As we’re moving towards a more connected and smarter tomorrow, a plethora of existing communication protocols, as well as new and developing protocols are paving the way for millions of new potential devices in the ever-expanding IoT world. The problem we are faced with is that these devices often don’t have the capabilities to connect to the Internet directly themselves.
So, how to bridge the communication gap between a device without IP connectivity and the Cloud?
On WolkAbout IoT Platform, we created a separate device type called gateway that is responsible for providing connectivity to an unlimited number of devices that pass information through them. These gatewayed devices often have a different business logic role, which is why only the gateway is registered directly on WolkAbout IoT Platform, while gatewayed devices are registered on the Platform by the gateway itself. The gateway handles registration and deletion requests from its subordinate devices, routes data between devices and the Cloud, and is also responsible for updating the platform with the current state of all devices. Furthermore, if a gateway changes to an offline state, the offline state will be propagated to all subordinate devices.
Our solution was to introduce an IP-enabled gateway that communicates with modules. These modules are fitted with the means to talk to non-IP-enabled devices via their supported network communication protocol, such as Bluetooth, Modbus, Z-WAVE, etc. The information is routed from the Cloud to the gateway, and then through a local bus to a module that will establish a link to the device. This gateway is also suitable for the cases where a single exit point for a group of devices is preferable. This solution provides scalability as well as higher system distributability, as modules can be easily added to or removed from an existing gateway infrastructure. We named this solution WolkGateway.
Fig.1 - WolkGateway Architecture
WolkGateway is our open-source software library meant to speed up anyone who wants to connect their gateway to WolkAbout IoT Platform. The library is essentially divided into two parts:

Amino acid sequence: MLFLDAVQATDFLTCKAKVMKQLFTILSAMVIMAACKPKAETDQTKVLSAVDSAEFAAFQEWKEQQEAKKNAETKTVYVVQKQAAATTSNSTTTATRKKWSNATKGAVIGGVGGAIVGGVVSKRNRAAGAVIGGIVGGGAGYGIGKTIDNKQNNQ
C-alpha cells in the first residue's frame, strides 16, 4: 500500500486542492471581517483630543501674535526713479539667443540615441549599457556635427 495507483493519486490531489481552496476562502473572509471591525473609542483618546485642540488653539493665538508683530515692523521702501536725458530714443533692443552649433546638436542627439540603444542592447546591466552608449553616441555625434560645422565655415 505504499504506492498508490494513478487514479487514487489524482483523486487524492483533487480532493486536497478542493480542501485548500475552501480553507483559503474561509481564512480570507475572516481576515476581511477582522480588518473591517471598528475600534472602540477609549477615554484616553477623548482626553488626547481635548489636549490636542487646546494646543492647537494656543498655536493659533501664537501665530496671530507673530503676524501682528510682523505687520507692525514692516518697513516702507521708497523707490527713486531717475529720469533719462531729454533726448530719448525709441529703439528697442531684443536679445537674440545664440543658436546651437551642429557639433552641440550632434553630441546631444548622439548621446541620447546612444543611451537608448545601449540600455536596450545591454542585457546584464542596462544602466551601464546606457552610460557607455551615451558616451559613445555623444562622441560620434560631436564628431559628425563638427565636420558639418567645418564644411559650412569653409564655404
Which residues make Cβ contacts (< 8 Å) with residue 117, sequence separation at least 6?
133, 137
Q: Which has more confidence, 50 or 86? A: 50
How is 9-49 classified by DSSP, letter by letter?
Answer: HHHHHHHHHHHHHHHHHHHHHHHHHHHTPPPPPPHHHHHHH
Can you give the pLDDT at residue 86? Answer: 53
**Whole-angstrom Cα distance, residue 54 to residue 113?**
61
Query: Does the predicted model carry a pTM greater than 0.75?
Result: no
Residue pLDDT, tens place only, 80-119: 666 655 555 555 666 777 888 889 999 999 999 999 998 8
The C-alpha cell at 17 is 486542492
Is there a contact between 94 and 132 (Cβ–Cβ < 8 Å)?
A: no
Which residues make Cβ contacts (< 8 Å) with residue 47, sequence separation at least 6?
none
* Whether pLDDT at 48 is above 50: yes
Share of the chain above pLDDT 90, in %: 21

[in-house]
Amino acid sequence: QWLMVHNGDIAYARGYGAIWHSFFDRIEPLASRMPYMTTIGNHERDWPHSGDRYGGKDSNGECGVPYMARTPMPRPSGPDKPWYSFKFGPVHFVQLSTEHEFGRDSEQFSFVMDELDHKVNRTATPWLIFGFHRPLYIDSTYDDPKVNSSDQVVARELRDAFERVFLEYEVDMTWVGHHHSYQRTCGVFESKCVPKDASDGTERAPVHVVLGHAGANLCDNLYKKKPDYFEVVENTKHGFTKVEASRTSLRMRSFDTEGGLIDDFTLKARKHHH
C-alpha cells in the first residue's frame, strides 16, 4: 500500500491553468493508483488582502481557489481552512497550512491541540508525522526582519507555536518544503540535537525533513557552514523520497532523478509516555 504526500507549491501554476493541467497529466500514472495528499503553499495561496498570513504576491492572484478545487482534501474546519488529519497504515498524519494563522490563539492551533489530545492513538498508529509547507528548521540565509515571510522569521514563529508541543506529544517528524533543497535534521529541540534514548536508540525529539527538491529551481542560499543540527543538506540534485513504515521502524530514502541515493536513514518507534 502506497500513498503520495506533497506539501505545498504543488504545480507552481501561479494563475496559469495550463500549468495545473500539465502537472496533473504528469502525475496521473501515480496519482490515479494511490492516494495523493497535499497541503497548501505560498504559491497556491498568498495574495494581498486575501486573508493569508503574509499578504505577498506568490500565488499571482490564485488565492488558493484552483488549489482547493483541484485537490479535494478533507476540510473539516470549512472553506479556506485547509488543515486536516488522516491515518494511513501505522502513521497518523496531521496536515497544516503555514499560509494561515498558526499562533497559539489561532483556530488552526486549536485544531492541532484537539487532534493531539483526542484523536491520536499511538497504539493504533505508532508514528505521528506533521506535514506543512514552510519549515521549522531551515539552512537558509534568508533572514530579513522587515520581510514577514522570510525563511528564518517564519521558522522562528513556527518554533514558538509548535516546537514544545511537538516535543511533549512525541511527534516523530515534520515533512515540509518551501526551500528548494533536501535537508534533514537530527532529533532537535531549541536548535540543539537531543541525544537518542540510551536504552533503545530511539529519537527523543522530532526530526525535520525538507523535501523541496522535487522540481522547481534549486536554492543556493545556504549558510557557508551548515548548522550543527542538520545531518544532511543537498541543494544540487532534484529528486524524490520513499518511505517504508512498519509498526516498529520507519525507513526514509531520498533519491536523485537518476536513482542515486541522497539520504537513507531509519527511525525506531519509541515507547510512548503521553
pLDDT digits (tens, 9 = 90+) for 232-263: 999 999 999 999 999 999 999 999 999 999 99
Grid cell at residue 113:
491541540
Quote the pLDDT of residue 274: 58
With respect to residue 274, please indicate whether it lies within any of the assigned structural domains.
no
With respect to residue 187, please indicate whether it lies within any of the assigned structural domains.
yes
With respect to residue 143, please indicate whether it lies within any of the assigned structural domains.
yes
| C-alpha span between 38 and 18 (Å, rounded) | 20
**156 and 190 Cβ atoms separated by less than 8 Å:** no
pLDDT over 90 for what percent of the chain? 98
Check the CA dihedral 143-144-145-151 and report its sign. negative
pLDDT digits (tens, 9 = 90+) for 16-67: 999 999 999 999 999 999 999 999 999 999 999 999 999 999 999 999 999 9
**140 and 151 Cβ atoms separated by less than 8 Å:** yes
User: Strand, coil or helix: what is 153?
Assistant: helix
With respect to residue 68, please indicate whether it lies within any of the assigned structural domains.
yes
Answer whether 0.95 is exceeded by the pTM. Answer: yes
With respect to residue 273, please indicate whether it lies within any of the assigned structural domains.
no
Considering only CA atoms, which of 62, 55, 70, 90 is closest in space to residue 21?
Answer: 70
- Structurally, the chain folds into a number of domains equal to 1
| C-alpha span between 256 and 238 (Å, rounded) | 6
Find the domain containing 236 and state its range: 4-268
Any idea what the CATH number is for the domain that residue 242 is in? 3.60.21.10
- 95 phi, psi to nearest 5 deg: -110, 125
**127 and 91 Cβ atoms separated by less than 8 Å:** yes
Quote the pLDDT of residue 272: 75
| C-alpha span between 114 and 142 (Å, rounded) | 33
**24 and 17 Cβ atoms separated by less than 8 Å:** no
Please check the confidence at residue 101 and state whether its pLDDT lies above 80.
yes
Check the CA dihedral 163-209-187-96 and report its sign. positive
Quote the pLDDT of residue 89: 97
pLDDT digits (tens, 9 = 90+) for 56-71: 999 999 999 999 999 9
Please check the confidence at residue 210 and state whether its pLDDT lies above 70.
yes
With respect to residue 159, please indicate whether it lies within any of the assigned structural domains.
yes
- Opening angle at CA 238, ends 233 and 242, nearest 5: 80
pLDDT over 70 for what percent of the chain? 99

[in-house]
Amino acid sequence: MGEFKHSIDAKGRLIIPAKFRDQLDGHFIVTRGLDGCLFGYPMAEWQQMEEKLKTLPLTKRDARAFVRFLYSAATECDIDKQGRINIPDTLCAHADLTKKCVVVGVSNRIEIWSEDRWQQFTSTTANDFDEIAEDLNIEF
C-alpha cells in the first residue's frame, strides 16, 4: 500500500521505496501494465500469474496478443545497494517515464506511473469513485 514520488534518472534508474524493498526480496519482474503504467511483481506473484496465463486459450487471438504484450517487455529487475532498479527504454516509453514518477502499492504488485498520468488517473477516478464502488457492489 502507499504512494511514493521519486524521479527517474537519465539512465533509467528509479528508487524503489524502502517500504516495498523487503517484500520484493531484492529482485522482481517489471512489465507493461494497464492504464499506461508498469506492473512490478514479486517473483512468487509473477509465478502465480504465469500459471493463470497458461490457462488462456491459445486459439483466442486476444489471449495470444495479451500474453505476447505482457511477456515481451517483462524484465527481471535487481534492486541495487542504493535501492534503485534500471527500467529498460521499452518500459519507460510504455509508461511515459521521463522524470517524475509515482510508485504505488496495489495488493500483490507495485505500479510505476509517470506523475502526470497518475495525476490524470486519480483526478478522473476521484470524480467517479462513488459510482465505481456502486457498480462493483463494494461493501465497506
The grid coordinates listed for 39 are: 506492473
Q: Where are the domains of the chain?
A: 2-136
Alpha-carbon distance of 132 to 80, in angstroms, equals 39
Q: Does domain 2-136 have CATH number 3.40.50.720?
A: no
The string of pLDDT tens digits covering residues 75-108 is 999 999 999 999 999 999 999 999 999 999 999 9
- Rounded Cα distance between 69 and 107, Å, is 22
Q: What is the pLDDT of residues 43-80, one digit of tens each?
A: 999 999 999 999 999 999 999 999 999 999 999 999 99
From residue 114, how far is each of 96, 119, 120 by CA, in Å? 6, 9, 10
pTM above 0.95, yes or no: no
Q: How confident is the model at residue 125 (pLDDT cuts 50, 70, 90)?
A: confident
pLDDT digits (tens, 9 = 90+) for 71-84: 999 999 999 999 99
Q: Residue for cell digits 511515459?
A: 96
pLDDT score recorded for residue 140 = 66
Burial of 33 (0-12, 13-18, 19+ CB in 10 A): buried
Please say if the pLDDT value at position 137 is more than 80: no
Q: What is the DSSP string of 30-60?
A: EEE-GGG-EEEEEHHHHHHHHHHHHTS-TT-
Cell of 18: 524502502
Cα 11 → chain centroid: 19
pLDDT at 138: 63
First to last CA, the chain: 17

Main Connectivity Module with its bus - this part of the library is responsible for handling registration and deletion of requests from its subordinate devices and handling all traffic through the use of its local broker. It also buffers readings it receives from its modules before sending them to the Platform, and handles the process of device firmware update. This module can also have its own data that it will send to the Platform.
Modules - enable communication with any number of subordinate devices by implementing the device’s network communication protocol on one end and parse data between the MCM’s local broker on the other end. The user is responsible for providing the implementation of the device’s network communication protocol, but all the communication that is directed towards the MCM is already contained in this SDK.
Fig.2 - WolkConnect - Gateway Module Architecture
So how would a potential use case look like? Let’s say there is an existing working process, maybe a manufacturing process. These kinds of processes often have an industrial PC to which the main connectivity module of our library could be deployed. PLCs would require an external PC or something of the sort in order to communicate with them. What’s left is to implement a module that will extract valuable information from the process and forward them to the bus, thereby giving a direct insight into the state of the process, or even control over it from the Cloud.
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